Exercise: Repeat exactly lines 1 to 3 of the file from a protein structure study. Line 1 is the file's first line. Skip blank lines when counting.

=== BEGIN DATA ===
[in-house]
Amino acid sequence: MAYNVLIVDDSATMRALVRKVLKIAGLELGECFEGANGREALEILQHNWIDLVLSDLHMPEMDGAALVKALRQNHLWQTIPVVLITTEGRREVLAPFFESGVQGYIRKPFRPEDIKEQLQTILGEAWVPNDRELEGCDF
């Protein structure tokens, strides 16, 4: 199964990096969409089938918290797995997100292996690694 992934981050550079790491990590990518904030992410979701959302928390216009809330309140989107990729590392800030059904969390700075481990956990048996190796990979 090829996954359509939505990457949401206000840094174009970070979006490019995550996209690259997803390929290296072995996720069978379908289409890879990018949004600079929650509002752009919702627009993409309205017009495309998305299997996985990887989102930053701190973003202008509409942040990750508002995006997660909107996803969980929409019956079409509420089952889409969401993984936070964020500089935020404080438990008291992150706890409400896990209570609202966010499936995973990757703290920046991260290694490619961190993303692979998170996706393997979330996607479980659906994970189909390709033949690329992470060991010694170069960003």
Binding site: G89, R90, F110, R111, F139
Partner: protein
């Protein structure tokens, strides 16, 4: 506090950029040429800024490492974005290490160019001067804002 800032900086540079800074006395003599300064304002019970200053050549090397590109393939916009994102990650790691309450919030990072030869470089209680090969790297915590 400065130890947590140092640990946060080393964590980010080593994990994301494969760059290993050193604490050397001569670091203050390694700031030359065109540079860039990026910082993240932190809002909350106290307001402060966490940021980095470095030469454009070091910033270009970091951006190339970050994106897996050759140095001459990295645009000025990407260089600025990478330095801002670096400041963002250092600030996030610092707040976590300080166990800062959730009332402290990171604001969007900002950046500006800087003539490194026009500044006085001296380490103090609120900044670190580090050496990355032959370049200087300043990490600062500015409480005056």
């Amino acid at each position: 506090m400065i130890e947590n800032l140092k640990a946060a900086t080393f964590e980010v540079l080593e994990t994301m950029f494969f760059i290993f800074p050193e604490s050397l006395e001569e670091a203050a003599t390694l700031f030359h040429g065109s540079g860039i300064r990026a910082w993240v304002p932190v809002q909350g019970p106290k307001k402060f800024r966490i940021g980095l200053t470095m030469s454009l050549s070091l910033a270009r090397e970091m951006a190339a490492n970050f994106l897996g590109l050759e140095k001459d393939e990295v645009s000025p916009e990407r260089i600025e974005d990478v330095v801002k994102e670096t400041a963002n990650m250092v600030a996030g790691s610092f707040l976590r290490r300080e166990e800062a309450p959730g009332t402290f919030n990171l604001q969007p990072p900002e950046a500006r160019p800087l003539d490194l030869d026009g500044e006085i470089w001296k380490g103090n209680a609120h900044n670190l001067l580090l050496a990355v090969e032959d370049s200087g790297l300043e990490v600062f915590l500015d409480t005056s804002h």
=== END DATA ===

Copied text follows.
[in-house]
Amino acid sequence: MAYNVLIVDDSATMRALVRKVLKIAGLELGECFEGANGREALEILQHNWIDLVLSDLHMPEMDGAALVKALRQNHLWQTIPVVLITTEGRREVLAPFFESGVQGYIRKPFRPEDIKEQLQTILGEAWVPNDRELEGCDF
């Protein structure tokens, strides 16, 4: 199964990096969409089938918290797995997100292996690694 992934981050550079790491990590990518904030992410979701959302928390216009809330309140989107990729590392800030059904969390700075481990956990048996190796990979 090829996954359509939505990457949401206000840094174009970070979006490019995550996209690259997803390929290296072995996720069978379908289409890879990018949004600079929650509002752009919702627009993409309205017009495309998305299997996985990887989102930053701190973003202008509409942040990750508002995006997660909107996803969980929409019956079409509420089952889409969401993984936070964020500089935020404080438990008291992150706890409400896990209570609202966010499936995973990757703290920046991260290694490619961190993303692979998170996706393997979330996607479980659906994970189909390709033949690329992470060991010694170069960003």